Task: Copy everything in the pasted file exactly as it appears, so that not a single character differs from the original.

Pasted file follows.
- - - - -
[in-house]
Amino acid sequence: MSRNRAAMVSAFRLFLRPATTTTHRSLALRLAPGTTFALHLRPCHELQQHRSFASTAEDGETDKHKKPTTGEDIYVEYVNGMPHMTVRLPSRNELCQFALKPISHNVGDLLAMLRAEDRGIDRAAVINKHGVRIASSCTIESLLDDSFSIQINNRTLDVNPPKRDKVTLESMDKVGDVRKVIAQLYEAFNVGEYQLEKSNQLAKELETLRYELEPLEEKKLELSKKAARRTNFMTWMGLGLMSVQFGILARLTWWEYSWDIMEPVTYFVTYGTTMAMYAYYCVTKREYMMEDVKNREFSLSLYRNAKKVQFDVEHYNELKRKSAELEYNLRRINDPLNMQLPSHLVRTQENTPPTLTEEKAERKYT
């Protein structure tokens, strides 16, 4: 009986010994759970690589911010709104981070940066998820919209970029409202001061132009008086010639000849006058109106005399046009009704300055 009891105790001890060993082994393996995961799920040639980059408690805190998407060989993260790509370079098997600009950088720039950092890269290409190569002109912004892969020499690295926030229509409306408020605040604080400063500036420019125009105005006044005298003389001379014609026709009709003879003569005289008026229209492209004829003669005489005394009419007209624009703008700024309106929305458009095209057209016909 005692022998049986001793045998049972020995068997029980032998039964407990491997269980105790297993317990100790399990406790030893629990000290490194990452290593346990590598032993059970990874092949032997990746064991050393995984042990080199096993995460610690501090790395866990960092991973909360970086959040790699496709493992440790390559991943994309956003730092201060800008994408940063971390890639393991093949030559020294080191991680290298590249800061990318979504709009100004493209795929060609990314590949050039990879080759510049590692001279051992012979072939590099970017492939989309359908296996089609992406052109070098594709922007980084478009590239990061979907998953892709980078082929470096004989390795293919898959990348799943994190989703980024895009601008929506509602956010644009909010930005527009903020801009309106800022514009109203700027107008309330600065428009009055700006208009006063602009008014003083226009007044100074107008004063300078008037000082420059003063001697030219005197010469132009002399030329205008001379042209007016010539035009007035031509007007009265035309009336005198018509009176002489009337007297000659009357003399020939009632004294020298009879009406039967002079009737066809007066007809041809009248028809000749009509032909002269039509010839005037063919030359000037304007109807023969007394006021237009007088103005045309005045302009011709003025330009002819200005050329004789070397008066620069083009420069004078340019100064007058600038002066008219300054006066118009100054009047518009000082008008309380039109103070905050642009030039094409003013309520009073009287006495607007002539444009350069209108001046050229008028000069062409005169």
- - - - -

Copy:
[in-house]
Amino acid sequence: MSRNRAAMVSAFRLFLRPATTTTHRSLALRLAPGTTFALHLRPCHELQQHRSFASTAEDGETDKHKKPTTGEDIYVEYVNGMPHMTVRLPSRNELCQFALKPISHNVGDLLAMLRAEDRGIDRAAVINKHGVRIASSCTIESLLDDSFSIQINNRTLDVNPPKRDKVTLESMDKVGDVRKVIAQLYEAFNVGEYQLEKSNQLAKELETLRYELEPLEEKKLELSKKAARRTNFMTWMGLGLMSVQFGILARLTWWEYSWDIMEPVTYFVTYGTTMAMYAYYCVTKREYMMEDVKNREFSLSLYRNAKKVQFDVEHYNELKRKSAELEYNLRRINDPLNMQLPSHLVRTQENTPPTLTEEKAERKYT
């Protein structure tokens, strides 16, 4: 009986010994759970690589911010709104981070940066998820919209970029409202001061132009008086010639000849006058109106005399046009009704300055 009891105790001890060993082994393996995961799920040639980059408690805190998407060989993260790509370079098997600009950088720039950092890269290409190569002109912004892969020499690295926030229509409306408020605040604080400063500036420019125009105005006044005298003389001379014609026709009709003879003569005289008026229209492209004829003669005489005394009419007209624009703008700024309106929305458009095209057209016909 005692022998049986001793045998049972020995068997029980032998039964407990491997269980105790297993317990100790399990406790030893629990000290490194990452290593346990590598032993059970990874092949032997990746064991050393995984042990080199096993995460610690501090790395866990960092991973909360970086959040790699496709493992440790390559991943994309956003730092201060800008994408940063971390890639393991093949030559020294080191991680290298590249800061990318979504709009100004493209795929060609990314590949050039990879080759510049590692001279051992012979072939590099970017492939989309359908296996089609992406052109070098594709922007980084478009590239990061979907998953892709980078082929470096004989390795293919898959990348799943994190989703980024895009601008929506509602956010644009909010930005527009903020801009309106800022514009109203700027107008309330600065428009009055700006208009006063602009008014003083226009007044100074107008004063300078008037000082420059003063001697030219005197010469132009002399030329205008001379042209007016010539035009007035031509007007009265035309009336005198018509009176002489009337007297000659009357003399020939009632004294020298009879009406039967002079009737066809007066007809041809009248028809000749009509032909002269039509010839005037063919030359000037304007109807023969007394006021237009007088103005045309005045302009011709003025330009002819200005050329004789070397008066620069083009420069004078340019100064007058600038002066008219300054006066118009100054009047518009000082008008309380039109103070905050642009030039094409003013309520009073009287006495607007002539444009350069209108001046050229008028000069062409005169």